0

The free world and perhaps much of what some of us would define as the ‘unfree’ world must be shaking heads.  On Friday 19 November 2021 a jury found Kyle Rittenhouse not guilty on charges related to shooting two people dead and wounding a third at an anti-racism protest Kenosha, Wisconsin in 2020. He killed Joseph Rosenbaum and Anthony Huber and wounded Gaige Grosskreutz when he shot them with an assault rifle as he roamed the streets of Kenosha with other armed men who described themselves as militia, what many of us would call vigilantes, during protests in August 2020 after a white police officer shot a Black man, Jacob Blake, in the back seven times and who is now, as a consequence, paralysed from the waist down.

This trial was seen as a test case for the USA as an illustration of contrasting law enforcement when white men and, in this case teenagers, claiming to be informal security personnel, armed with assault rifles go to the streets intent on ‘policing’ even the most peaceful protests, irrespective of whether protesters are black, white or both. He had gone from Illinois to Kenosha to be part of the so-called militia, which alone carries implications of premeditation in by going to ‘police’ the demonstration the possibility of violence had been calculated into the trip.

Rittenhouse was found not guilty of crimes normally classed as murder but in Wisconsin the charges were intentional homicide, reckless homicide and attempted intentional homicide. He is white, so too the men he shot. Nonetheless, this case raised questions of racial justice, unequal policing and the right to bear firearms that is at the heart of partisan divisions in the USA at present.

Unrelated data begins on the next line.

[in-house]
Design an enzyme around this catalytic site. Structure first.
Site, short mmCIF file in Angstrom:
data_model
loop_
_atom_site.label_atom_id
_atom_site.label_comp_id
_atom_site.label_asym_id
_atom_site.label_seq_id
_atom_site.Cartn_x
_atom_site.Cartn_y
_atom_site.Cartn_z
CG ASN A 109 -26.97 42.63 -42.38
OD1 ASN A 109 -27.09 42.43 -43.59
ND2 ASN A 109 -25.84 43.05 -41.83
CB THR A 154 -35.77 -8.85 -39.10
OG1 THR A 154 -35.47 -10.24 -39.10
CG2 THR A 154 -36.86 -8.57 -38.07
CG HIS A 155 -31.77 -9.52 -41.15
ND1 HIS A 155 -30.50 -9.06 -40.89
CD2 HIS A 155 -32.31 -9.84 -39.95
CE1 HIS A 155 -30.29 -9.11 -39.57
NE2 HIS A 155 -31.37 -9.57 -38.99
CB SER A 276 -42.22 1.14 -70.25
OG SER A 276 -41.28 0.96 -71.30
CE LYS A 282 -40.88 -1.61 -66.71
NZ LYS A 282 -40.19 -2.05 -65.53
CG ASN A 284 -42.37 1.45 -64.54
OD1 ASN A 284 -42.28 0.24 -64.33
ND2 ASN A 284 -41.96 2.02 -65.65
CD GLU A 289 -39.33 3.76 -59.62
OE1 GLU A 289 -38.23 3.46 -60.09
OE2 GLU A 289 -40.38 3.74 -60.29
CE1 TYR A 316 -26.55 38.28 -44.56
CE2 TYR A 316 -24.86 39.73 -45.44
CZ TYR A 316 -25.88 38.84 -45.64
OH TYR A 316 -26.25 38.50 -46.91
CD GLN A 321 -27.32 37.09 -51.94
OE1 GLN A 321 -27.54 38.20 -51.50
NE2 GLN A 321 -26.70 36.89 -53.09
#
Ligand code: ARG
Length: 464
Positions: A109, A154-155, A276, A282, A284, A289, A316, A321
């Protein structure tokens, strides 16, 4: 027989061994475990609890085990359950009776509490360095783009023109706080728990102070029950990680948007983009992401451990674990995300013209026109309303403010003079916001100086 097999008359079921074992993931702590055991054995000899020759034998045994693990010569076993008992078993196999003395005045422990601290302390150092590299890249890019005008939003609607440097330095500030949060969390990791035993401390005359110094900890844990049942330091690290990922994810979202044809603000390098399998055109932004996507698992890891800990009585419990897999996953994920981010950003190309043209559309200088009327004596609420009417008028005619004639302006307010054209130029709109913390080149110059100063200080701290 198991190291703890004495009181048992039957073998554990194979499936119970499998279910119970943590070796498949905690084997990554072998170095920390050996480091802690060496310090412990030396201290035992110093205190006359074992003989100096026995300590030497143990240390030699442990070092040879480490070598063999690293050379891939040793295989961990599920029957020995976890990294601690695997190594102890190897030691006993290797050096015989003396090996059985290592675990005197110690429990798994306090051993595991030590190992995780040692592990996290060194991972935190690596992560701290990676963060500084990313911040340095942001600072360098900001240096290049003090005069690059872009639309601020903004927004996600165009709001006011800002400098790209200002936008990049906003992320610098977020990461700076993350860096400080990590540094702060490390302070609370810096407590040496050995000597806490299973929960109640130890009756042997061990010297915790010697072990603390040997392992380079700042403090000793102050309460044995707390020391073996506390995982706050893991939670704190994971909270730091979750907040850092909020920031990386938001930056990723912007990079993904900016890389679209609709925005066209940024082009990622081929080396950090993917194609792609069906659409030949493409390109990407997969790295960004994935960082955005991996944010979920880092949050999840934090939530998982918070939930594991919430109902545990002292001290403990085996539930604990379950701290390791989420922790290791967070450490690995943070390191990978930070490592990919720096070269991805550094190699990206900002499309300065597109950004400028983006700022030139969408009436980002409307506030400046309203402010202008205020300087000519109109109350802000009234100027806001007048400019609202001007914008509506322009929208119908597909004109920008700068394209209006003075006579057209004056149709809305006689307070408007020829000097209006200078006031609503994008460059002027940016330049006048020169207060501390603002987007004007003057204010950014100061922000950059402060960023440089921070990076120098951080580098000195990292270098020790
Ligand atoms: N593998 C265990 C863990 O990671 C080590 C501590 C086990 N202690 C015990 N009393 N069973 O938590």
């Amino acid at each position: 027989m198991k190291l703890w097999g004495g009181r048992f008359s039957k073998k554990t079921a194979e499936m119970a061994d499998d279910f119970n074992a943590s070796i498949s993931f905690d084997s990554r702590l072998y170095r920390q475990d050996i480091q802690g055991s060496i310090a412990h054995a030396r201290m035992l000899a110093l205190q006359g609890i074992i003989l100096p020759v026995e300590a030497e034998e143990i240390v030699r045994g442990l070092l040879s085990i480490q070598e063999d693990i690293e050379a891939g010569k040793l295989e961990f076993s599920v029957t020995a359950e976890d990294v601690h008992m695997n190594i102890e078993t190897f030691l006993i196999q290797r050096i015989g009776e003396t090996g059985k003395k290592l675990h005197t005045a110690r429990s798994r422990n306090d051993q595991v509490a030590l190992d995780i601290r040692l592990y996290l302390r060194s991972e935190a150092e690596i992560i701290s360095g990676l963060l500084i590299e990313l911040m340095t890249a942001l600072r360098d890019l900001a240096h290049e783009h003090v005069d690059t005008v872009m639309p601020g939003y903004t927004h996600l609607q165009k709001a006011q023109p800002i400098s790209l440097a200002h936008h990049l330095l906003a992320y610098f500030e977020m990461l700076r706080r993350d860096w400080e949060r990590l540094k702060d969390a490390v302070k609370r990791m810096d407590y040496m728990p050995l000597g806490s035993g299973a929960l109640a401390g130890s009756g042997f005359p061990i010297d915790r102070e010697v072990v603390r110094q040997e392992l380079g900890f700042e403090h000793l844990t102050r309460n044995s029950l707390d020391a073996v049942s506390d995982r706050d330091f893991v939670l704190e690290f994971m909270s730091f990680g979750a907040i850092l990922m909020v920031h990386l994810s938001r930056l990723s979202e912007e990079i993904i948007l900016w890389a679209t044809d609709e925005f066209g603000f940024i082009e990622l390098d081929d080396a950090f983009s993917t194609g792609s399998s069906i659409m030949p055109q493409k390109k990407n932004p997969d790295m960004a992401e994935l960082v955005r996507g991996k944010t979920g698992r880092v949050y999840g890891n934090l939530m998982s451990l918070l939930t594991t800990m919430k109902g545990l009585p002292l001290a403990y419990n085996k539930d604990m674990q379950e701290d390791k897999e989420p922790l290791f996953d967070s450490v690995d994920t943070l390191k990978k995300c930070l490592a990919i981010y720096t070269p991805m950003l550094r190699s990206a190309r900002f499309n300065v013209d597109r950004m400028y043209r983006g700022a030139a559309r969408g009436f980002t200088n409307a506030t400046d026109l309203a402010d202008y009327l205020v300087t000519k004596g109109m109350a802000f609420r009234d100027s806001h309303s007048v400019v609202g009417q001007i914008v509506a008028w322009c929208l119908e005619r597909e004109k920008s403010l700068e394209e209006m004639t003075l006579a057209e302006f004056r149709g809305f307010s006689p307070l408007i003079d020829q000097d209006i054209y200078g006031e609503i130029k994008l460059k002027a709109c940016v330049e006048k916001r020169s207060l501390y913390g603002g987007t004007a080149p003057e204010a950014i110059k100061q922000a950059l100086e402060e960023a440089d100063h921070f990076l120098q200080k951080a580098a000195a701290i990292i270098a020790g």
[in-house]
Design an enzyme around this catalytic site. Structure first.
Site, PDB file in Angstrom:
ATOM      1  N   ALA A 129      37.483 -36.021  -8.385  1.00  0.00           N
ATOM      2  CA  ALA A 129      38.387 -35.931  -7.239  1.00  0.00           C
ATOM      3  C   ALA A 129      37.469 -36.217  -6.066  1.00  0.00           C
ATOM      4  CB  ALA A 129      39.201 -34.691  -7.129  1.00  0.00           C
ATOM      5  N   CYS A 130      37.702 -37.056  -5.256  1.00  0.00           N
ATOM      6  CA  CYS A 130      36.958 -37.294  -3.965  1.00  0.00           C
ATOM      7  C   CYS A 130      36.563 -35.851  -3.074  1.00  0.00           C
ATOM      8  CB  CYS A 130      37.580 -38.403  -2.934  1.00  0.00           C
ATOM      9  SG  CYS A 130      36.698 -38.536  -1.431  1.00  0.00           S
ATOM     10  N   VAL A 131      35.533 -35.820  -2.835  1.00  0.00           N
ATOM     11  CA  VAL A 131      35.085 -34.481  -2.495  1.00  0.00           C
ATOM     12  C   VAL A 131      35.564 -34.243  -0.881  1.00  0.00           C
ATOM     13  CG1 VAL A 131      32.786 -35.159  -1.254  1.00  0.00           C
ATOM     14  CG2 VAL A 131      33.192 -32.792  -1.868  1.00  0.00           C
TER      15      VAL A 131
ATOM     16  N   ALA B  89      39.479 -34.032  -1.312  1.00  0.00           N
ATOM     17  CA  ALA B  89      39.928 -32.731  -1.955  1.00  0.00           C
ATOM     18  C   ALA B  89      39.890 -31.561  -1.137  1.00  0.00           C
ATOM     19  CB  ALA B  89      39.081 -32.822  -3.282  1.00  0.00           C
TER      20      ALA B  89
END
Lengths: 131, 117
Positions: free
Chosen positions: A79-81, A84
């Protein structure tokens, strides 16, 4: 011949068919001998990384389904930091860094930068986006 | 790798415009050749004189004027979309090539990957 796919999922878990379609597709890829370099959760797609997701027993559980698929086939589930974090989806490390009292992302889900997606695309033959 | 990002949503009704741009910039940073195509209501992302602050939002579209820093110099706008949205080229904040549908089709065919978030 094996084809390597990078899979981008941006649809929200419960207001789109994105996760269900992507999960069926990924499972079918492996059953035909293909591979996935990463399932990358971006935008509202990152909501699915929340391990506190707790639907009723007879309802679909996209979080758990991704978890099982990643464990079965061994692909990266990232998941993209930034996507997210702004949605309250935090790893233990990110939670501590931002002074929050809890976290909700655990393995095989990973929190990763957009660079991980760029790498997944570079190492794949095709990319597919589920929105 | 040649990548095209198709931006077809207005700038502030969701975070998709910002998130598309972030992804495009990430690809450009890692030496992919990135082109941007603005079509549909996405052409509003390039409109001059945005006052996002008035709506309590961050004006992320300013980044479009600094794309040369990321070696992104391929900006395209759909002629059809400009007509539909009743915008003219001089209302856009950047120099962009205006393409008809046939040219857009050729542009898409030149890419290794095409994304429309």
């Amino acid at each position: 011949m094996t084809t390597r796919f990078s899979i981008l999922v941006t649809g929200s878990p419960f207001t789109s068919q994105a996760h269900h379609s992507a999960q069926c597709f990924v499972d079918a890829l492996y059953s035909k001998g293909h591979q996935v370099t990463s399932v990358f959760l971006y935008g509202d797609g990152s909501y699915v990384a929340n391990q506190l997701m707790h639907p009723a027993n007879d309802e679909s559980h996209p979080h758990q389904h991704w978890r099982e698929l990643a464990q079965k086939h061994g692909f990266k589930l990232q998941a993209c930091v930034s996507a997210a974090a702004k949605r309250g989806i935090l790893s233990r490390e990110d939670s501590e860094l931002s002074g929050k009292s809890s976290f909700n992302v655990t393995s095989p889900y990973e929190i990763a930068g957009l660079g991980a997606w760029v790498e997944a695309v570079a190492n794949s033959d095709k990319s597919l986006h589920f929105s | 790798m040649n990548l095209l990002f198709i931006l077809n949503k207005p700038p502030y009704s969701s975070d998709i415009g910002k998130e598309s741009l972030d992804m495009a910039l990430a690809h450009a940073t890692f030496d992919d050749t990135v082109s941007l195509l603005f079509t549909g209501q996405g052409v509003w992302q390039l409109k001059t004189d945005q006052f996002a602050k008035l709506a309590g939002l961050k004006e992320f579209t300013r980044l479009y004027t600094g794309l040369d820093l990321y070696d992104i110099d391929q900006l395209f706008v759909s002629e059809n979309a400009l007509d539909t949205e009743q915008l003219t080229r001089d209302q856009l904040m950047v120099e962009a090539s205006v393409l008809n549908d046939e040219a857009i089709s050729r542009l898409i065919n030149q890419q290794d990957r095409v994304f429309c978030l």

By claiming self defence, Rittenhouse pleaded not guilty to murder and attempted murder charges as well to two other charges of irresponsibly endangering safety and firing his weapon near others. He was charged with the illegal possession of a dangerous weapon by a minor that the judge, Bruce Schroeder, dropped during the trial. The judge showed signs of partiality by making outrageous comments during the trial, whilst displaying attitudes that showed sympathy with the defence rather than the impartiality demanded of a judge. His overbearing style, including some of his comments and attitudes, has caused controversy and concern among observers.

Whilst the victims of the shooting were white, it raises a serious question about tolerance to vigilantism being tolerated, especially when white militia takes the law into their own hands, when confronting even law abiding Black people irrespective of the situation, but especially peaceful protests like the one where this shooting happened. Had judicial prejudice not been the case and even had the jury found Rittenhouse only guilty of lesser charges, the reaction would probably have been far less of shock and fear. The USA is becoming more divided and in chain less free with what may appear to some to be free licence for vigilantes to take control of the administration of their version of justice in a country that has the words ‘O’er the land of the free and the home of the brave?’ as the last line of the first verse of ‘The Star-Spangled Banner’, the national anthem of the USA. To some it may now appear that the freedom it refers to is the privilege of those who deny it to others and bravery when carrying powerful firearms, often against unarmed people, is meaningless, although that is not entirely the case in this instance since Gaige Grosskreutz admitted carrying a firearm. What once claimed to be the most ‘democratic’ country in the world is now clearly anything but that as the events of the last year have shown us. The implication now, is that the time has come for the world to reconsider what the USA actually is with this travesty of law being just one illustration of why that must happen.

Featured image by Pixabay on Pexels.

Bernhardt Müller
International based and Interested in European education, current affairs and political science.

    Ireland and the EU – preaching to the converted?

    Previous article

    The amusing life of a bilingual family

    Next article

    You may also like

    Comments

    Leave a reply

    Your email address will not be published.

    More in The Journal